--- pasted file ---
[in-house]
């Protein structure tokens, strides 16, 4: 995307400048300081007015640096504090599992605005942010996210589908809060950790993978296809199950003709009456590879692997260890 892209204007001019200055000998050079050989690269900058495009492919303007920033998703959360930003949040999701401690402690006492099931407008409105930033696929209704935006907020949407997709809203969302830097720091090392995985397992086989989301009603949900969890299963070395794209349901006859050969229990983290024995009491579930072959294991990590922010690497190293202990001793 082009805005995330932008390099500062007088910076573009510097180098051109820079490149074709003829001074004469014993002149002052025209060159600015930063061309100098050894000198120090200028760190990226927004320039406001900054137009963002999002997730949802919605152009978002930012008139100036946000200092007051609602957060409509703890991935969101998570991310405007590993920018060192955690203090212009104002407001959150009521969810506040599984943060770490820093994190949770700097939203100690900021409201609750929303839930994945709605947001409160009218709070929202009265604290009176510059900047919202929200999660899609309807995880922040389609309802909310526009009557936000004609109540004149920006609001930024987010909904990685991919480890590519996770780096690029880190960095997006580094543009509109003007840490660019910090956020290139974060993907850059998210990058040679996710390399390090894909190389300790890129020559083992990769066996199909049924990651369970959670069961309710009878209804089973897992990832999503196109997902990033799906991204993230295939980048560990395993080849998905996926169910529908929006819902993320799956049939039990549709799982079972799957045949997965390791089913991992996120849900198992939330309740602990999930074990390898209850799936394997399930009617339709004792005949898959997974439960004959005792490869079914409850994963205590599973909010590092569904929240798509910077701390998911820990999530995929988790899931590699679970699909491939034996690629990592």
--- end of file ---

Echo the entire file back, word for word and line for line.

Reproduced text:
[in-house]
């Protein structure tokens, strides 16, 4: 995307400048300081007015640096504090599992605005942010996210589908809060950790993978296809199950003709009456590879692997260890 892209204007001019200055000998050079050989690269900058495009492919303007920033998703959360930003949040999701401690402690006492099931407008409105930033696929209704935006907020949407997709809203969302830097720091090392995985397992086989989301009603949900969890299963070395794209349901006859050969229990983290024995009491579930072959294991990590922010690497190293202990001793 082009805005995330932008390099500062007088910076573009510097180098051109820079490149074709003829001074004469014993002149002052025209060159600015930063061309100098050894000198120090200028760190990226927004320039406001900054137009963002999002997730949802919605152009978002930012008139100036946000200092007051609602957060409509703890991935969101998570991310405007590993920018060192955690203090212009104002407001959150009521969810506040599984943060770490820093994190949770700097939203100690900021409201609750929303839930994945709605947001409160009218709070929202009265604290009176510059900047919202929200999660899609309807995880922040389609309802909310526009009557936000004609109540004149920006609001930024987010909904990685991919480890590519996770780096690029880190960095997006580094543009509109003007840490660019910090956020290139974060993907850059998210990058040679996710390399390090894909190389300790890129020559083992990769066996199909049924990651369970959670069961309710009878209804089973897992990832999503196109997902990033799906991204993230295939980048560990395993080849998905996926169910529908929006819902993320799956049939039990549709799982079972799957045949997965390791089913991992996120849900198992939330309740602990999930074990390898209850799936394997399930009617339709004792005949898959997974439960004959005792490869079914409850994963205590599973909010590092569904929240798509910077701390998911820990999530995929988790899931590699679970699909491939034996690629990592």